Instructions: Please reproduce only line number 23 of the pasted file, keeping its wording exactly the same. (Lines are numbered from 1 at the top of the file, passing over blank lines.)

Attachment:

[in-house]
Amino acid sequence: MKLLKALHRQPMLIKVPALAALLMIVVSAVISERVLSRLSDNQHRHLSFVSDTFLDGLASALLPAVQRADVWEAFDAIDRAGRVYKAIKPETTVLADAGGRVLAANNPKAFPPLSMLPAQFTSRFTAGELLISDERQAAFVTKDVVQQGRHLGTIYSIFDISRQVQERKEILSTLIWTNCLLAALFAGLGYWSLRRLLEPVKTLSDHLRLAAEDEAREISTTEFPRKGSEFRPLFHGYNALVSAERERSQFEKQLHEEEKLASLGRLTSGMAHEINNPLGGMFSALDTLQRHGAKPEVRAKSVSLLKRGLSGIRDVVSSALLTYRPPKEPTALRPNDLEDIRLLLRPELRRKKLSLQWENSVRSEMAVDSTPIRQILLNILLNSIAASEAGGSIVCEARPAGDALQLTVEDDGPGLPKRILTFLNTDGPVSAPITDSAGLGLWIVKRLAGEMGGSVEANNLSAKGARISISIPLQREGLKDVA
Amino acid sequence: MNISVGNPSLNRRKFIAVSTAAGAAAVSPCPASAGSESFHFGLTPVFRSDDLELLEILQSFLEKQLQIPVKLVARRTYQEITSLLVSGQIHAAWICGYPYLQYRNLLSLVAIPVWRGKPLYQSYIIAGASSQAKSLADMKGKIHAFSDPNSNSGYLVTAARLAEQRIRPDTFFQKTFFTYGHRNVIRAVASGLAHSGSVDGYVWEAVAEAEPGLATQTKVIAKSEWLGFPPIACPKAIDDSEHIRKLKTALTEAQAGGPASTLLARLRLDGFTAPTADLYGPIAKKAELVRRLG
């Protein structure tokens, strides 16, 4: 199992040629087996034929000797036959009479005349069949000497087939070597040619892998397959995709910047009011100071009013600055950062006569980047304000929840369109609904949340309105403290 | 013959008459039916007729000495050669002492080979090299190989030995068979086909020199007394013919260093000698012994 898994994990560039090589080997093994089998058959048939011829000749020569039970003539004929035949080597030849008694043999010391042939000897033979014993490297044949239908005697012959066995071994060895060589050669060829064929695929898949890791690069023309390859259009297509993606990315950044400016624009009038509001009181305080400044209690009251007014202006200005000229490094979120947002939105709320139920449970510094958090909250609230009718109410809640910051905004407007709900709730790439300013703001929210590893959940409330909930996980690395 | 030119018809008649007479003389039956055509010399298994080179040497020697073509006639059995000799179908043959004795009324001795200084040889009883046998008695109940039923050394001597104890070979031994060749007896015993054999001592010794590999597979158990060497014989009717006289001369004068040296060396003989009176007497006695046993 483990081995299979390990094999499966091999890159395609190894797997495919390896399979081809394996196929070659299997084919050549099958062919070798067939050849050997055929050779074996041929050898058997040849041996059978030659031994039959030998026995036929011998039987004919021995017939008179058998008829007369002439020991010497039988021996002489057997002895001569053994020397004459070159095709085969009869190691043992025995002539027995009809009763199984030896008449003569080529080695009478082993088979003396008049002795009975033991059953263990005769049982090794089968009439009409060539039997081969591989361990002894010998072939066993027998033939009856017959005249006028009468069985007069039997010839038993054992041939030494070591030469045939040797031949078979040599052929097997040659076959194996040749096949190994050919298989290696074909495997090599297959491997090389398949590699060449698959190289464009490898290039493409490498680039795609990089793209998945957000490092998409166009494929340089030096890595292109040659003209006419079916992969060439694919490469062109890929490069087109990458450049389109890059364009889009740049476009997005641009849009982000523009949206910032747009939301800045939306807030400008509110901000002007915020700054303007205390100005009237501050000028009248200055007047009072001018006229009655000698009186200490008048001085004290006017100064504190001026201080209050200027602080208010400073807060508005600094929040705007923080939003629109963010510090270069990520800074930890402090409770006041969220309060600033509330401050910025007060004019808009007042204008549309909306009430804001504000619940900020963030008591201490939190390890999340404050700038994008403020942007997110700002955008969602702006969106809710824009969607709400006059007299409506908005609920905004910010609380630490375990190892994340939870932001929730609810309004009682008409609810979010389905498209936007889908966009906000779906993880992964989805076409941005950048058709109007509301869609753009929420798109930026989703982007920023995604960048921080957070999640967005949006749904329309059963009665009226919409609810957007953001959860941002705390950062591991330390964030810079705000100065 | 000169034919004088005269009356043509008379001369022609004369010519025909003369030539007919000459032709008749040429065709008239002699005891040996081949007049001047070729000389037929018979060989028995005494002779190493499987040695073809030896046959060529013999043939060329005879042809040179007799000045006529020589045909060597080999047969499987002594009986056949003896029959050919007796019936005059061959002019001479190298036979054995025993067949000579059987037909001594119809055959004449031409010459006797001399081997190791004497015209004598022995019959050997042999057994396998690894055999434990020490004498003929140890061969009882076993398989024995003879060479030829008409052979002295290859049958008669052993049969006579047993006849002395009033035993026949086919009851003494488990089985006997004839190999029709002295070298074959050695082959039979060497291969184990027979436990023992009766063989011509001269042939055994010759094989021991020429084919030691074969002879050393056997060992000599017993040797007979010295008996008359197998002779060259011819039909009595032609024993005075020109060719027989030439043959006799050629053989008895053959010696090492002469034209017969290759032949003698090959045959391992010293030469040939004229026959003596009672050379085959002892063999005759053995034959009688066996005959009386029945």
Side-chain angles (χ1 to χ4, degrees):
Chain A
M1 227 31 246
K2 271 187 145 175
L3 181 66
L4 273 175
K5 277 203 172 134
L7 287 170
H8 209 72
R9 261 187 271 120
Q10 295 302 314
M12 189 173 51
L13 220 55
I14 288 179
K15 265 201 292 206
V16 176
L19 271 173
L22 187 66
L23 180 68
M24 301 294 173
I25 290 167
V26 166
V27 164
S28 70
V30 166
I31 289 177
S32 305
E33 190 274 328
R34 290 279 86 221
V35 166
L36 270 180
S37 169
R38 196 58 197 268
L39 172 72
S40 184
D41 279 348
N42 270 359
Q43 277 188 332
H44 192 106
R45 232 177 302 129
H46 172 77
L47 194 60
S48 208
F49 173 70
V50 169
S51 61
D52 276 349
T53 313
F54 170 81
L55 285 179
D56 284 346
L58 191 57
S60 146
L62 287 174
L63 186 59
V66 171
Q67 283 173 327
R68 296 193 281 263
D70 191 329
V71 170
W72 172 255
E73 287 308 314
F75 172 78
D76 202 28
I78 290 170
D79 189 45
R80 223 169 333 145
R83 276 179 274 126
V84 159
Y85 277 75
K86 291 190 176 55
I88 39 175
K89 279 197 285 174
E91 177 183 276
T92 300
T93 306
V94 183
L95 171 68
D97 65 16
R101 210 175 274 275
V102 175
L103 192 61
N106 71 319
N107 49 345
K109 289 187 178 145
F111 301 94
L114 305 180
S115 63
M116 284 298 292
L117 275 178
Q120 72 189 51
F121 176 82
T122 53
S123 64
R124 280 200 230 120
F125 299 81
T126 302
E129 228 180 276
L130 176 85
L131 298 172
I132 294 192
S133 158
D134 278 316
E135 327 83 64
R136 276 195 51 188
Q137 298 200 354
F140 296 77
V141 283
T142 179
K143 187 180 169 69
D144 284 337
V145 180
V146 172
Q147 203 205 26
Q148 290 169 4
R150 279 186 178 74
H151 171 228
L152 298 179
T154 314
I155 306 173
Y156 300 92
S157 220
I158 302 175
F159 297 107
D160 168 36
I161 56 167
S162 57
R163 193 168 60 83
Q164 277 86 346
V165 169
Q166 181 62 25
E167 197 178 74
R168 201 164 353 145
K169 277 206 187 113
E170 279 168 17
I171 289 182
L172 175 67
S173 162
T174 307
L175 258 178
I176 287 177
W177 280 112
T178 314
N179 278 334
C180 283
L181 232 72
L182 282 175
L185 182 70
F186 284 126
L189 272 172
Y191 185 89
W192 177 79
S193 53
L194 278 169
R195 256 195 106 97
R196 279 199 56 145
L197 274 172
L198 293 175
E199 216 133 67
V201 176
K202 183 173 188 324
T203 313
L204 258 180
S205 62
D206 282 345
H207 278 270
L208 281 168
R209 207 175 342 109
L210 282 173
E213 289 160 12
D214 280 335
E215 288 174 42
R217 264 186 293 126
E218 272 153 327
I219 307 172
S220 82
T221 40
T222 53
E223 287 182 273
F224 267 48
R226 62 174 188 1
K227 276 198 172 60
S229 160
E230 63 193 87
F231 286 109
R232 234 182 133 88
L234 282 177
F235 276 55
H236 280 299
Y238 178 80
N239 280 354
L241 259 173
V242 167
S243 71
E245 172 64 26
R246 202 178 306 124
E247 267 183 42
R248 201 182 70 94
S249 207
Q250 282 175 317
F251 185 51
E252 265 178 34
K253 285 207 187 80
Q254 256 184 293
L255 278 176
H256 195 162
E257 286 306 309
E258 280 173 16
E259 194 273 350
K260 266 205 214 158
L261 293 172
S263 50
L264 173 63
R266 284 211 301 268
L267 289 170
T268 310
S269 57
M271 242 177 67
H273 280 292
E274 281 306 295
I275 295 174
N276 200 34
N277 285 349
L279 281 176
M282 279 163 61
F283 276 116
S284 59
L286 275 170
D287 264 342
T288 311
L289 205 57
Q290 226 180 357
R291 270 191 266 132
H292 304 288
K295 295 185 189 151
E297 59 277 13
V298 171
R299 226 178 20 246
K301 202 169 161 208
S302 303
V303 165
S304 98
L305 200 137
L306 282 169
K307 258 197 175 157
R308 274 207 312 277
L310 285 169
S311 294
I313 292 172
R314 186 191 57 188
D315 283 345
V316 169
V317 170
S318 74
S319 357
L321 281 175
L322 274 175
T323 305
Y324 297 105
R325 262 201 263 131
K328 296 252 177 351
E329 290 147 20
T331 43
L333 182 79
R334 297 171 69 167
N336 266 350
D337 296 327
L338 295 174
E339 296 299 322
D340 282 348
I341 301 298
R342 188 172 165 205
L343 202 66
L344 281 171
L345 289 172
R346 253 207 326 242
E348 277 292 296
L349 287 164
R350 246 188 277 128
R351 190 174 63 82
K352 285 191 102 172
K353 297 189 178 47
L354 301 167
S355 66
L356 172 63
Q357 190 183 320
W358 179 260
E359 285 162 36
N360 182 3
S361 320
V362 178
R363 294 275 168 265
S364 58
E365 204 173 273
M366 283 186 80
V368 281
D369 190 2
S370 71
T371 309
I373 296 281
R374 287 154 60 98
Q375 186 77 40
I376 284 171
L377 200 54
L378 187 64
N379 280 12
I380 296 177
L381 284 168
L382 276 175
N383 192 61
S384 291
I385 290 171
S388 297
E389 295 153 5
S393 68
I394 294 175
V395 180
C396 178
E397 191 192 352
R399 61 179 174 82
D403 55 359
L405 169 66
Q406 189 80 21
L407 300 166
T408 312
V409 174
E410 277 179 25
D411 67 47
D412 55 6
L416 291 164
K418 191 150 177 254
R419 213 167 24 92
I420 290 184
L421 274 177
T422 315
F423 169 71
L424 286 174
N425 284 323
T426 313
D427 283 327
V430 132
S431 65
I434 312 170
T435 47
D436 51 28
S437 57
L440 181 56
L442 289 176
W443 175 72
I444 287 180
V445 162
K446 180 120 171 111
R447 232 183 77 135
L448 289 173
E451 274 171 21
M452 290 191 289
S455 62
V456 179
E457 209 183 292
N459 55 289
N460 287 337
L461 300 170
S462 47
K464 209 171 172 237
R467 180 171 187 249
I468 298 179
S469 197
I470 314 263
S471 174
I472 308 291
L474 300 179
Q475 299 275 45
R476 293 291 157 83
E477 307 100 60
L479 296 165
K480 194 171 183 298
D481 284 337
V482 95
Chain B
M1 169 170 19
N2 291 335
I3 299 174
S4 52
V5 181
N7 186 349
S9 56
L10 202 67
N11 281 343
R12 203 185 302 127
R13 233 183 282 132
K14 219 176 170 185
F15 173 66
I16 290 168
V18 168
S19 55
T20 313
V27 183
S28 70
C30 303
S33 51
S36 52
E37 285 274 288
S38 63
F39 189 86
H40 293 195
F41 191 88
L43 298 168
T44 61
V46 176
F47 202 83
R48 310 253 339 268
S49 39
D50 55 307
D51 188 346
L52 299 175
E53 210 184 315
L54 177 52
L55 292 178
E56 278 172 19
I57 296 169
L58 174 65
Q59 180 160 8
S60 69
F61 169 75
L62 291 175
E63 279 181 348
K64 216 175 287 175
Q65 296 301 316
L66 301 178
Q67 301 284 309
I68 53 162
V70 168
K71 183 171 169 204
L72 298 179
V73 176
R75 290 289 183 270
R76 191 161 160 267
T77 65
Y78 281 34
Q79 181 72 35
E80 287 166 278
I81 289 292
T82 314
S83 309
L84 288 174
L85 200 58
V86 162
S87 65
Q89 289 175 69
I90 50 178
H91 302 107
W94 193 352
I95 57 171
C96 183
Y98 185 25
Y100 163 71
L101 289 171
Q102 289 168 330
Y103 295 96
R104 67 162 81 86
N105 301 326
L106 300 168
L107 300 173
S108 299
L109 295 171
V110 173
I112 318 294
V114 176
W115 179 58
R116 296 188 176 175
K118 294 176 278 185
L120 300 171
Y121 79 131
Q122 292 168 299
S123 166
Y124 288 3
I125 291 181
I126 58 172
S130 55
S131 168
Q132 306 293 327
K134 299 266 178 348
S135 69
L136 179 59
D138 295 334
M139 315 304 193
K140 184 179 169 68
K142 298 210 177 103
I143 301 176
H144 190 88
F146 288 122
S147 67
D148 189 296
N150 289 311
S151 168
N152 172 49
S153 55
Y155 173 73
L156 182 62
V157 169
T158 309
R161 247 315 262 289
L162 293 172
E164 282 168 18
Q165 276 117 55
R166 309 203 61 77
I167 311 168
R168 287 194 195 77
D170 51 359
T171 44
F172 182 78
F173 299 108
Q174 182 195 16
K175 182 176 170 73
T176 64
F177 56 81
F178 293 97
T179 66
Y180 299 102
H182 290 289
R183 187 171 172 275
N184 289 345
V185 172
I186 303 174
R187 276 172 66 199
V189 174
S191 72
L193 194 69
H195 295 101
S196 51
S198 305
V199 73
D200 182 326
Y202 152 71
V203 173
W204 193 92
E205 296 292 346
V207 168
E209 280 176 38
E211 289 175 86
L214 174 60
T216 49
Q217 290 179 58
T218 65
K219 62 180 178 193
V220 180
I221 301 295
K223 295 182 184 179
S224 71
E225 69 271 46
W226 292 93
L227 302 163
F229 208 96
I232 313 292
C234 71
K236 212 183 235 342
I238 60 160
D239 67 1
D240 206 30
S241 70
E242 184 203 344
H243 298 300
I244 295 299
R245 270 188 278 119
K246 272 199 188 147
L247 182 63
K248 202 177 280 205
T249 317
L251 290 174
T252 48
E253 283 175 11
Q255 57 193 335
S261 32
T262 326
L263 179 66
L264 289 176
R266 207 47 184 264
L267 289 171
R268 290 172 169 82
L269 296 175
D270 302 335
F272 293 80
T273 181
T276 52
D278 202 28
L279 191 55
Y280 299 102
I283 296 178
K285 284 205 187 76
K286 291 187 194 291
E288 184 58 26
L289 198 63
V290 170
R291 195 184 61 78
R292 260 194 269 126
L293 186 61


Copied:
L23 180 68